But Onan knew that according to the same law, his firstborn male child with Tamar would be considered the son of Er, including all the implications of inheritance, property, etc. As such, Onan shirked his duty, angering God and leading to his untimely death.
Judah’s third son, Shelah, should have been next in line to marry Tamar and produce his brother’s offspring. But Judah became apprehensive. A woman who has lost both of her husbands, his two sons, suddenly seemed to him dangerous, a sort of femme fatale. Fortunately for Judah, Shelah was still too young to marry, so he sent Tamar back to her home with the false promise “until Shelah grows up.”
Tamar returns to her father’s house. The biblical record tells nothing of what she as a woman had to deal with. Her feelings of humiliation, her grief and her suddenly being viewed by her father-in-law as accursed or dangerous. She was also now a woman without a man. Tamar assumed a state of survival that filled her being. She seemed to be doomed to poverty and obscurity.
The only weapon left to Tamar is her womb. Shelah grew up and Tamar realized that Judah was not going to honor his promise, so she decided to take matters into her own hands. This was a decision that would change her life.
Tamar renounced her long-standing widowhood and declared her independence by removing her garments of mourning and turning to seduction. Disguising herself as a prostitute, she went into battle – the battle for conception.
There were but two men in the whole world whose seed carried hope for her – Judah and Shelah.
Choosing to target Judah, Tamar lied in wait while he visited his sheep-shearers. Still distraught over losing his wife and two of his sons, Judah needed comfort, and her found it in Tamar.
As negotiations begin between the two, we hear Tamar speak up for herself for the first time: “What will you give me?” Judah and Tamar agree on a kid goat, but since Judah did not have one with him at that moment, Tamar insisted on a sign of guarantee.
Judah gives her his signet ring, bracelet and his staff. They have intercourse and Judah leaves, still wholly unaware of Tamar’s true identity. As it is written: “…he thought she was a prostitute, for she had covered her face.”
I would like to propose another interpretation here. A whore never wore a veil over her face. The veil was a symbol of respectable women. In other words, the veil on Tamar’s face should have aroused Judah’s suspicion. Did the veil remain on her face for the entirety of their encounter? Did it never slip or fall even once?
Furthermore, Judah negotiated with Tamar, meaning he heard her voice. Did he not recognize the familiar voice of his daughter-in-law? We know from other places in the Bible that the voice has tremendous meaning. For instance, Genesis 27:22: “The voice is the voice of Jacob, but the hands are the hands of Esau.”
The record of the encounter between Judah and Tamar is sparse on details. But it’s clear that twice he failed to recognize her. Why twice? Traditionally, it is said that when things are recorded twice, the second occurrence weakens the argument. Is it not suspicious?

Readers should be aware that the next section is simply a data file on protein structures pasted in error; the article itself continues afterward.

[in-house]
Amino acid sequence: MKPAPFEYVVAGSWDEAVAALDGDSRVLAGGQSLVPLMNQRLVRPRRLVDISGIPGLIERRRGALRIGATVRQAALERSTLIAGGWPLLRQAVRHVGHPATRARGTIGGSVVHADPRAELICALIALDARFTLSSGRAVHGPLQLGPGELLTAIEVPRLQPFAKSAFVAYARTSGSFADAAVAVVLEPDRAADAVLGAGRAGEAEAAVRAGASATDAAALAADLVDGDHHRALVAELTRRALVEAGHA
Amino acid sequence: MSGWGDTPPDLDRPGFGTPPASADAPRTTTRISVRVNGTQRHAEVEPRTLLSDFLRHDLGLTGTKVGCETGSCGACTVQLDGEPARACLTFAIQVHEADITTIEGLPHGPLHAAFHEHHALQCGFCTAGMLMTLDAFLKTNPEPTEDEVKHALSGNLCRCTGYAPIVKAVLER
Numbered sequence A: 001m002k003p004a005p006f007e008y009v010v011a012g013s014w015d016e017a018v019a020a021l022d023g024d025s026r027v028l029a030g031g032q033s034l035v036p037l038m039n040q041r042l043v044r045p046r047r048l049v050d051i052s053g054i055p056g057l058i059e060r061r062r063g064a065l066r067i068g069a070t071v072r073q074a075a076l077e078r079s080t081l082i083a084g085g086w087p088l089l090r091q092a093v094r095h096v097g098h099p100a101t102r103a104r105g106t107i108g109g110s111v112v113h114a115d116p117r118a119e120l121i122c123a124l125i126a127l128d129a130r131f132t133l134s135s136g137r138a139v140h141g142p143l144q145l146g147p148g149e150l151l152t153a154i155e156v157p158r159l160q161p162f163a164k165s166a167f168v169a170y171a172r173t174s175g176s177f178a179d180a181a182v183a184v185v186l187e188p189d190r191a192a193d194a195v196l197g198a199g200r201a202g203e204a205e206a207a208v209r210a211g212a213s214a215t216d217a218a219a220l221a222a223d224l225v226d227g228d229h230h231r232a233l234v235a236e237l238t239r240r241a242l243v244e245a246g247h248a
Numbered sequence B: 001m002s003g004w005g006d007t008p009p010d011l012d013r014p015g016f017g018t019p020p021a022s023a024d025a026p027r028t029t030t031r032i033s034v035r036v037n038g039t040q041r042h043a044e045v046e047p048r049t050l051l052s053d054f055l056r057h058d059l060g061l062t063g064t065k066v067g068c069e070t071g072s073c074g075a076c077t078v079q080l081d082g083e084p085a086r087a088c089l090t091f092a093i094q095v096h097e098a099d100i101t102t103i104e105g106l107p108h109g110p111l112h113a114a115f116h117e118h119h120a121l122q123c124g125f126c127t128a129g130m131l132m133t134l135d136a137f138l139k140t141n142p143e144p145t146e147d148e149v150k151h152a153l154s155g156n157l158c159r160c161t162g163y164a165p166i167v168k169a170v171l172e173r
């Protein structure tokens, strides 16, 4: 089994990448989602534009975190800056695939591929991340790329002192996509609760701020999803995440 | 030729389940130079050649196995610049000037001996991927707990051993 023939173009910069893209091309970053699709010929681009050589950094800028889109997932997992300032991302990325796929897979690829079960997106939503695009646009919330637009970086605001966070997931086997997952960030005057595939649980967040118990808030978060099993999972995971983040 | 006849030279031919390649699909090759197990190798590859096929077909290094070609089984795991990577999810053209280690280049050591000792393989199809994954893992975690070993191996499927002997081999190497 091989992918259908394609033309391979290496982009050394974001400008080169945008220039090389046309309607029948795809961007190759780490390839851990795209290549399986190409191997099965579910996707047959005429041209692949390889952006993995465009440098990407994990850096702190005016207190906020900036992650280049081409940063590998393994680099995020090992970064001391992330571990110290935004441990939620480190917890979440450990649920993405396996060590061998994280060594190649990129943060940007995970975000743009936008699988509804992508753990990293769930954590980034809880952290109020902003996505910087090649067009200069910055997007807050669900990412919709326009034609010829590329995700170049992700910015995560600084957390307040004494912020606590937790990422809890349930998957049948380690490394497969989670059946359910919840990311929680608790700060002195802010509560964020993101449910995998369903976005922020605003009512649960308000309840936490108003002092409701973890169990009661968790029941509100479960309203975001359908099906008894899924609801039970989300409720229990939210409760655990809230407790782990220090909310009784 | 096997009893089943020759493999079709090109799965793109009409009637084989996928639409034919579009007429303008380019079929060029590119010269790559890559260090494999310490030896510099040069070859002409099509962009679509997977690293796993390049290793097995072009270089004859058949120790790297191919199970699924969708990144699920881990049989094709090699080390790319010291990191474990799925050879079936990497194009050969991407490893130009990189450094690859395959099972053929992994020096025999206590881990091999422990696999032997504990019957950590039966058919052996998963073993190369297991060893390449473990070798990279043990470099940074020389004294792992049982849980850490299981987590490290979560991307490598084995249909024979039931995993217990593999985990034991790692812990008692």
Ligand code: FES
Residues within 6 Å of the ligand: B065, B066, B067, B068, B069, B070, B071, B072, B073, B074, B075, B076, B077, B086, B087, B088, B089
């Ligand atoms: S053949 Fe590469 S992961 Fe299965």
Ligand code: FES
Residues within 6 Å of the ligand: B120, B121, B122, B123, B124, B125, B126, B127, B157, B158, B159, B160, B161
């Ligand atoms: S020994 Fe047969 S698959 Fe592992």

Finally, when they had finished, it is written, “After she left, she took off her veil…” One is left with the feeling that Tamar knew that Judah knew who she was, and vice versa.
Nor can we ignore the fact that Judah came from a line of men that seemed susceptible to such deceit. Judah was the son of Jacob, who was deceived when he was given Leah instead of Rachel. Jacob was the son of Isaac, who was deceived when he blessed Jacob thinking he was Esau.
Do we really have three generations of men here that were deceived?
Perhaps the three of them deceived the deceivers. Maybe they secretly wanted to be deceived, consciously or not. All three had an interest in being deceived. Isaac secretly believed that Jacob was more suited to his inheritance. And Judah? He perhaps had the best intentions of all. He loved his remaining son dearly, and sought to save him from the clutches of a woman he believed brought only death.
Judah sent his messenger to deliver a kid goat to Tamar, as agreed upon, and to receive back his possessions. But the woman could not be found!
Tamar was determined to safeguard Judah’s possessions, as they were the only evidence of her fetus’s true DNA. Though Tamar had crossed a line, it was not she that was to blame. It was not she who had broken family loyalty.
When Tamar’s stomach began to show with child three months later, Judah was told that his daughter-in-law has committed adultery. Interestingly, Judah demanded that she be burned alive, though her crime at that time called for stoning.
On her way to a gruesome death, Tamar pulls out Judah’s belongings. She chose her words carefully. She did not cry or scream, nor did she try to blame anyone else. She simply and calmly stated, “I am pregnant by the man who owns these.” She did not herself reveal who the owner was, but rather asked Judah’s messenger to identify the objects belonging to the father of her unborn child.
Tamar left it to Judah to decide if he’d take responsibility. It was her word against his, and Tamar was aware of the predicament in which she found herself. It was a powerful moment, and Judah was broken.
To his credit, Judah made the right decision. He acknowledged his fatherhood and proclaimed Tamar to be “more righteous than I.”
The battle of the womb had been won, and twin boys were the outcome. A double victory? More than that, the descendants of these twins would later merge, forming the lineage of King David and of the Messiah. From stolen seed came monarchy, and from weakness came power.
There is no doubt that Tamar was a brave woman who, in the moment of truth, chose assertiveness and expressed herself, and in so doing was ultimately used by God for His great purposes.